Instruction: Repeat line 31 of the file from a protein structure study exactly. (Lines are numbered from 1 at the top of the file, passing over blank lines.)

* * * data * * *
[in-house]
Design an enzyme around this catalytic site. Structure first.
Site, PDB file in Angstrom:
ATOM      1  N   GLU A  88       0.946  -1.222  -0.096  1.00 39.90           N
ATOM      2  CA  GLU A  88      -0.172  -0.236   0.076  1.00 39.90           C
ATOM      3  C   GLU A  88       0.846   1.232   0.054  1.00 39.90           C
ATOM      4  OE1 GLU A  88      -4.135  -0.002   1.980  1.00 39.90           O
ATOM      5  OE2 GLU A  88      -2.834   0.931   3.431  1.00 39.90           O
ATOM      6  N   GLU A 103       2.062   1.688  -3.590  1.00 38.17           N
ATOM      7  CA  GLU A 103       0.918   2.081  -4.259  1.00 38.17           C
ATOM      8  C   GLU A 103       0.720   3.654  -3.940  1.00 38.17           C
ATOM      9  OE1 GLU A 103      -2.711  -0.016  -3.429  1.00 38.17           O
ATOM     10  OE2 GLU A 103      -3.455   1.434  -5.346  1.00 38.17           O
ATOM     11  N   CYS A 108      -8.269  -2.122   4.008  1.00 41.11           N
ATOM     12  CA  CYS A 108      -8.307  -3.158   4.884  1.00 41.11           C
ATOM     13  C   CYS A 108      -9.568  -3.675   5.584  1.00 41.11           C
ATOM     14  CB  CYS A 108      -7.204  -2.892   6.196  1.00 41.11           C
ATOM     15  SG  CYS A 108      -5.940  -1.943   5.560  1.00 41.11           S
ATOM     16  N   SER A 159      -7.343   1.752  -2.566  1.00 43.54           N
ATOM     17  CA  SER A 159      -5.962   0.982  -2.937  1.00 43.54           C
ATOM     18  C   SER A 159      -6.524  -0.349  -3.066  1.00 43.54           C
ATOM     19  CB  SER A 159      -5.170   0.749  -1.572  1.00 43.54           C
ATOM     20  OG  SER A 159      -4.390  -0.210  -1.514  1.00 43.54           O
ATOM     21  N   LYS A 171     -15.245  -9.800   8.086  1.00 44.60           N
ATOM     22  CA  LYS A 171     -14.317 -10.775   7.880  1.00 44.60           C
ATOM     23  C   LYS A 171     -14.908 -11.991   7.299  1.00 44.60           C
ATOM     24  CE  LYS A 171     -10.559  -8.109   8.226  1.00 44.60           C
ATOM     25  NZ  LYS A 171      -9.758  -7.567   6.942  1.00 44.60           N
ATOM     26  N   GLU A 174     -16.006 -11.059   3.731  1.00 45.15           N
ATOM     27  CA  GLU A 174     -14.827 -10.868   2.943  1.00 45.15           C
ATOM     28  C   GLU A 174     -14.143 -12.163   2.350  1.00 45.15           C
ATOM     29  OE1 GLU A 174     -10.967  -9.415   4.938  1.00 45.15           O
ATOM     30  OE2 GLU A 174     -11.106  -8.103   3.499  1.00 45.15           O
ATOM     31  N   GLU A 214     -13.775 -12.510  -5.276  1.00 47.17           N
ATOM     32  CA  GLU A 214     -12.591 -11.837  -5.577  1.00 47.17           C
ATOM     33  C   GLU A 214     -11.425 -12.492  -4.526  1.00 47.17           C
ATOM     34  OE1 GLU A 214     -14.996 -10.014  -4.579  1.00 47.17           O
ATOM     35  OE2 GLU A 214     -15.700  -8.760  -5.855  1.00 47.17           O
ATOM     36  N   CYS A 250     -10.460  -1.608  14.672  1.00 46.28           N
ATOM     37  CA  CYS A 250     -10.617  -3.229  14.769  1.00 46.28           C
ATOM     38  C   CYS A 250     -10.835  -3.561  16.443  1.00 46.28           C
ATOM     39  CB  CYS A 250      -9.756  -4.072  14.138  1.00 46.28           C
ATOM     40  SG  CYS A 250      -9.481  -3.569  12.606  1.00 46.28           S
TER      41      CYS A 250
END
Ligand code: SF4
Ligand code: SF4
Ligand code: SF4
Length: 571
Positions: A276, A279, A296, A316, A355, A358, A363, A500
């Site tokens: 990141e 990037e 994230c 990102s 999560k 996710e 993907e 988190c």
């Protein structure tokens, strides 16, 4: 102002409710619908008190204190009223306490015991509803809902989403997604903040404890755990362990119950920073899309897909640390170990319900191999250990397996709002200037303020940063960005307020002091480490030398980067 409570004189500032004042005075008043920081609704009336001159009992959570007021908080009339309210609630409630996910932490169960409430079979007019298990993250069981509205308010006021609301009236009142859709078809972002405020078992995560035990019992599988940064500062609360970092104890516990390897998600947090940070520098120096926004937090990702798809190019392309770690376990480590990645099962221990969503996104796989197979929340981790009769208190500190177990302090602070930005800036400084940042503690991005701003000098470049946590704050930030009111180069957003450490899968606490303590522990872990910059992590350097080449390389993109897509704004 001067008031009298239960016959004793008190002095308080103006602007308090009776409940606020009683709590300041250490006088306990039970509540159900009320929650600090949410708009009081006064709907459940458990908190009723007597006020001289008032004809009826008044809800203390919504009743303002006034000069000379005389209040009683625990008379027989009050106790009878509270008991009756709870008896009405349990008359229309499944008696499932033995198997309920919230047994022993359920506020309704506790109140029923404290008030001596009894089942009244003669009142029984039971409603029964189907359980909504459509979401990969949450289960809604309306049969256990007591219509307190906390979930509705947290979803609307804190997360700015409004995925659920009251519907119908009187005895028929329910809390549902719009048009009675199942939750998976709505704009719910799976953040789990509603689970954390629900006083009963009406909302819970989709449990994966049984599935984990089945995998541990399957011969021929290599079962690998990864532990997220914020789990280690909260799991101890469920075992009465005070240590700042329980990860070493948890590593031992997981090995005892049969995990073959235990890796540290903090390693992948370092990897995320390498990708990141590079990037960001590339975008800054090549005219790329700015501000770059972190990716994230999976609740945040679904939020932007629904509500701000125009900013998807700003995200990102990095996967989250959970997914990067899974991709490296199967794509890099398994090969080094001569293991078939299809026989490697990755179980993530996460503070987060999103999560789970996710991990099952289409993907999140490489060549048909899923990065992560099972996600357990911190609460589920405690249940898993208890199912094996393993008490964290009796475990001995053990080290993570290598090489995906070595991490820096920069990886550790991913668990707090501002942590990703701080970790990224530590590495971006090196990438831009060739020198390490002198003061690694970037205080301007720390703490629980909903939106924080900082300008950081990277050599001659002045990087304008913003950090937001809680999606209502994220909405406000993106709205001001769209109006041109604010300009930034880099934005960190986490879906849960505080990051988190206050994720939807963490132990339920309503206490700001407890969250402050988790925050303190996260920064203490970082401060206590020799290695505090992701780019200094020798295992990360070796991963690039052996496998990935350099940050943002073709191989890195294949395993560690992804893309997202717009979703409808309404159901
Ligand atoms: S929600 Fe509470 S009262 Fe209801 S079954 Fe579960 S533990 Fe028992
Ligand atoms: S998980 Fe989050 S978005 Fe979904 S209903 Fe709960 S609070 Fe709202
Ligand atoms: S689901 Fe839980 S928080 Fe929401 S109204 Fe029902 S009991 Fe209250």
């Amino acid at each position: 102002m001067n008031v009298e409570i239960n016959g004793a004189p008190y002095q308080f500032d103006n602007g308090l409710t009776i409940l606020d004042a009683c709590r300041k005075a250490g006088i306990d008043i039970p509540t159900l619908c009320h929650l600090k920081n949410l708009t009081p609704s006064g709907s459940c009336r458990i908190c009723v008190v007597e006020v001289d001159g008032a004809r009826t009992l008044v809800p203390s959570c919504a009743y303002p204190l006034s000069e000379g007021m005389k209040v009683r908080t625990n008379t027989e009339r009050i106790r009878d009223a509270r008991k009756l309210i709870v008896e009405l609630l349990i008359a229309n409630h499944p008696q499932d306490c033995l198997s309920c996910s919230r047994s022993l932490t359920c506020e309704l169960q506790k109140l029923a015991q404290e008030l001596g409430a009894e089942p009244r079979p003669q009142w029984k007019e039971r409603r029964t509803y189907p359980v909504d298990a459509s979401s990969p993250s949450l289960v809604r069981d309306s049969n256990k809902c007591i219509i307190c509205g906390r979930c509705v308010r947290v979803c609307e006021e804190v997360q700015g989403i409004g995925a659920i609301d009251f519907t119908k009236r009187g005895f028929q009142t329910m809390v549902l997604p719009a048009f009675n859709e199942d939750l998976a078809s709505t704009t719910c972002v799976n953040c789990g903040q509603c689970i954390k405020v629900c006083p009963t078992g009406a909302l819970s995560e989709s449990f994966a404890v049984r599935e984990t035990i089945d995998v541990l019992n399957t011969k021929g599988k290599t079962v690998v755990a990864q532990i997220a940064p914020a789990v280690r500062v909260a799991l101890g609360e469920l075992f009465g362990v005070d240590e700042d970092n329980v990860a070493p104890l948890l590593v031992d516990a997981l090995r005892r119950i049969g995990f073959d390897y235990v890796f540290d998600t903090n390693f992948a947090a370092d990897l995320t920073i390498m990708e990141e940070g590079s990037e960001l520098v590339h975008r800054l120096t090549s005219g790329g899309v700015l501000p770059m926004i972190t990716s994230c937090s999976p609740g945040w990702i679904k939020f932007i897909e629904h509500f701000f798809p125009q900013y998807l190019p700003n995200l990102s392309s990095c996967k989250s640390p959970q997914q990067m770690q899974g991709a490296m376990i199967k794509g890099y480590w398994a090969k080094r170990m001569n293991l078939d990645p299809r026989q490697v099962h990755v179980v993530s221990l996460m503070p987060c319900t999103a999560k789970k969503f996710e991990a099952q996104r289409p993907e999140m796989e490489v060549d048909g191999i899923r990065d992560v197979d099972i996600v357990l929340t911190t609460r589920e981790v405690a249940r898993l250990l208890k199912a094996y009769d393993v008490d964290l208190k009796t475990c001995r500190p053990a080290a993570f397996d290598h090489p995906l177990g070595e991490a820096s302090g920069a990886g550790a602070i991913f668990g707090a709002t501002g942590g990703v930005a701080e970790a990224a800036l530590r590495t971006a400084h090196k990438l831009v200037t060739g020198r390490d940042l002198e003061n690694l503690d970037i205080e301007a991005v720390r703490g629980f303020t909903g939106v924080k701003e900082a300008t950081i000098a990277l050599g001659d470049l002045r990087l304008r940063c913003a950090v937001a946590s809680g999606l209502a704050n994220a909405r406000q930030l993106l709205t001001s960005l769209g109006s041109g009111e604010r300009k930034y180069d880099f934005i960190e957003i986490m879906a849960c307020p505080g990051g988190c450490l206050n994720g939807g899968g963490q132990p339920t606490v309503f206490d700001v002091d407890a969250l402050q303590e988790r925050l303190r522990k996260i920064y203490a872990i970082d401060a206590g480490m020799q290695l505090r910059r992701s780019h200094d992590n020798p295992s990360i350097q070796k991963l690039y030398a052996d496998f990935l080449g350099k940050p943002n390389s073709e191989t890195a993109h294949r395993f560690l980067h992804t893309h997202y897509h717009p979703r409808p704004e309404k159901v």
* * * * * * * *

ATOM     28  C   GLU A 174     -14.143 -12.163   2.350  1.00 45.15           C